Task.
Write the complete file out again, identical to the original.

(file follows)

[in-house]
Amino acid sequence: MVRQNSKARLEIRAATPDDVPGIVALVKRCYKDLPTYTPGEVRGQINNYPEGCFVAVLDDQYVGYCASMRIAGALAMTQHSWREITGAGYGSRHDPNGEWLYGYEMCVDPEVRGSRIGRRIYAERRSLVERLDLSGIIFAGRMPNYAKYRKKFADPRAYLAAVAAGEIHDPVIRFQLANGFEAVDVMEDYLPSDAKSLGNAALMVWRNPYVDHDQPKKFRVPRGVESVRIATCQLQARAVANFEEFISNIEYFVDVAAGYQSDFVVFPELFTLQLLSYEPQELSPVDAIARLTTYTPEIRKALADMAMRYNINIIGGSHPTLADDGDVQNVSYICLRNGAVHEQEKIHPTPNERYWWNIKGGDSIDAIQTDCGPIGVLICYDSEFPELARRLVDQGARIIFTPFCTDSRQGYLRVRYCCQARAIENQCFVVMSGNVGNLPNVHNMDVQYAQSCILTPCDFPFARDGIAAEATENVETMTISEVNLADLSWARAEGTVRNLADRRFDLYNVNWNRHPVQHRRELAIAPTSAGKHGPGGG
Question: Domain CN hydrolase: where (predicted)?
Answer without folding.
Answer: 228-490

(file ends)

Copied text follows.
[in-house]
Amino acid sequence: MVRQNSKARLEIRAATPDDVPGIVALVKRCYKDLPTYTPGEVRGQINNYPEGCFVAVLDDQYVGYCASMRIAGALAMTQHSWREITGAGYGSRHDPNGEWLYGYEMCVDPEVRGSRIGRRIYAERRSLVERLDLSGIIFAGRMPNYAKYRKKFADPRAYLAAVAAGEIHDPVIRFQLANGFEAVDVMEDYLPSDAKSLGNAALMVWRNPYVDHDQPKKFRVPRGVESVRIATCQLQARAVANFEEFISNIEYFVDVAAGYQSDFVVFPELFTLQLLSYEPQELSPVDAIARLTTYTPEIRKALADMAMRYNINIIGGSHPTLADDGDVQNVSYICLRNGAVHEQEKIHPTPNERYWWNIKGGDSIDAIQTDCGPIGVLICYDSEFPELARRLVDQGARIIFTPFCTDSRQGYLRVRYCCQARAIENQCFVVMSGNVGNLPNVHNMDVQYAQSCILTPCDFPFARDGIAAEATENVETMTISEVNLADLSWARAEGTVRNLADRRFDLYNVNWNRHPVQHRRELAIAPTSAGKHGPGGG
Question: Domain CN hydrolase: where (predicted)?
Answer without folding.
Answer: 228-490